A high five, coming from a guy who's facing incredible challenges every day just to get back to doing the things we take for granted. I loved it, and decided that from now on, I'm going to sign my emails with a high five as well, as a tribute to him and his positive attitude.
Time is our most precious asset, and none of us know how much of it we have left.
It's ironic, then, how easily we let it slip away. An hour for a meeting, an hour in traffic.
Next time you get asked to spend an hour doing something, just hold it up to this filter before you decide:
I'm going to share one of my most powerful negotiating techniques. The funny thing is that up until a year ago, I didn't even realize this was a technique -- I thought everyone did this. But apparently not -- here's the backstory:
But before we get started, remember what Spiderman was told: "With Great Power Comes Great Responsibility." The technique I'm going to share with you can be abused, and when it is, you'll come off as a total jerk. That might be fine if that's what you're going for. But make sure you focus on using it responsibly. More on that at the end.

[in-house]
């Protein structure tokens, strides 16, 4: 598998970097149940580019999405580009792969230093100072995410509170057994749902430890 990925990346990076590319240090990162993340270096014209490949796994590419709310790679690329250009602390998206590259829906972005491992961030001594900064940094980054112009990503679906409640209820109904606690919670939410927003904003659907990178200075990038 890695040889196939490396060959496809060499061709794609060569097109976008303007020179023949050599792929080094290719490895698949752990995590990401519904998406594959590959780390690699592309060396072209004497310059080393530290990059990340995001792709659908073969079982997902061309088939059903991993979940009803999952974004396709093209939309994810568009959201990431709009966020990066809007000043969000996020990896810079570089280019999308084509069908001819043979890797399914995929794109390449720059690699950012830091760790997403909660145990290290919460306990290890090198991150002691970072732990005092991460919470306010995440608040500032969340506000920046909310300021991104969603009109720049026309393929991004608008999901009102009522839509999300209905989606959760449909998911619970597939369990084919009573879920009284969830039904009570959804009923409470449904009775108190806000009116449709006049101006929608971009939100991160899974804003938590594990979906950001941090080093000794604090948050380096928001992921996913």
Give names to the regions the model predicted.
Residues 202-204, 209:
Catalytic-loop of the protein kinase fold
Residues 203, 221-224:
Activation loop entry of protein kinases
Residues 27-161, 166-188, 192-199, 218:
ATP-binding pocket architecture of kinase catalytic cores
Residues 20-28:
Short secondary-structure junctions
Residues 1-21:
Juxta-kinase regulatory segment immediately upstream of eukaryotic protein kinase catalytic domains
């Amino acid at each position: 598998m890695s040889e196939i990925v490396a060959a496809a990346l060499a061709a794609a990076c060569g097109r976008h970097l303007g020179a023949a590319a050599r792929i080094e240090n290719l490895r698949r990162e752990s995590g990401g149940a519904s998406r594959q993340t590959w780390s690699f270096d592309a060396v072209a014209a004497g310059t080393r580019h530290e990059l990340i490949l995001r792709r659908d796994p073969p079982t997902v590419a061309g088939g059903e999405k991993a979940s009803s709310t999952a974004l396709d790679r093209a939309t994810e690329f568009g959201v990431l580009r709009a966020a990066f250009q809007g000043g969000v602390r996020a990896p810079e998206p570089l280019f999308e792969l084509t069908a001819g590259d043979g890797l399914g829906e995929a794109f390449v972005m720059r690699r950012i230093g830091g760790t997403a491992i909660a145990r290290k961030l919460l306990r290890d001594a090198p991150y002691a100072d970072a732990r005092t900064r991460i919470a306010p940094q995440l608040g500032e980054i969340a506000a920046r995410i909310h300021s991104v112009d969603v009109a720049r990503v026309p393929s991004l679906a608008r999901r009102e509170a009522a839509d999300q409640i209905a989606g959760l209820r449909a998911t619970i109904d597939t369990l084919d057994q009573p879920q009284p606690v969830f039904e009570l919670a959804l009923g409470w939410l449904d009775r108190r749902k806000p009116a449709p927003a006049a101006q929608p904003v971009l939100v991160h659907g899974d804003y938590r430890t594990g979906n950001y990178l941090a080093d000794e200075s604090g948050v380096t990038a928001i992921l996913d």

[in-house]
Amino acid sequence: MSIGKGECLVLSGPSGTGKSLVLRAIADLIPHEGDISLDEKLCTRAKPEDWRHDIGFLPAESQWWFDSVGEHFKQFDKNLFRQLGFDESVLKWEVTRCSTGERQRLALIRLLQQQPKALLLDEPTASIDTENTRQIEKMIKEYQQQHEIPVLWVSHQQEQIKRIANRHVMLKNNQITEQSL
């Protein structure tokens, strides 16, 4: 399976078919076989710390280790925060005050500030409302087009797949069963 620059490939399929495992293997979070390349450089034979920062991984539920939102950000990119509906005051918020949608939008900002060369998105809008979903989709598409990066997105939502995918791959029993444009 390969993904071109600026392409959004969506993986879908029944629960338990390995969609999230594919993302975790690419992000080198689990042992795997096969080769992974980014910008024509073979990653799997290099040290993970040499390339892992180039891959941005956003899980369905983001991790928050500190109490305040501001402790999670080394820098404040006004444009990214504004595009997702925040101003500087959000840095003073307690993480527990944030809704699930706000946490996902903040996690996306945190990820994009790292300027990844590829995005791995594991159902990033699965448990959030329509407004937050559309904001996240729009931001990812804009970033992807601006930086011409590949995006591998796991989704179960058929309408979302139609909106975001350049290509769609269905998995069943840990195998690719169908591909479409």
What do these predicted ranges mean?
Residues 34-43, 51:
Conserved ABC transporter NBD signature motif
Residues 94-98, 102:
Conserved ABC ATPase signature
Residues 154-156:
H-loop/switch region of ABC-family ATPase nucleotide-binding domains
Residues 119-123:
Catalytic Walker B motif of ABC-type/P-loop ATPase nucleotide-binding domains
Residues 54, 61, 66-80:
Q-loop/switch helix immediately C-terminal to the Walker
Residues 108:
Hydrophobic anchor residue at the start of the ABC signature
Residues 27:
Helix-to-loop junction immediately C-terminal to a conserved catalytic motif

I absolutely love this video of Zuck talking about Facebook back in 2005. If I had been in that room, I wouldn't have been able to guess that Facebook would become a $180+ billion company.
The best part: Zuck describes Facebook in minute 1 as an "online directory for colleges." Not only does that not like a billion dollar business, but it also sounds like a terrible startup idea.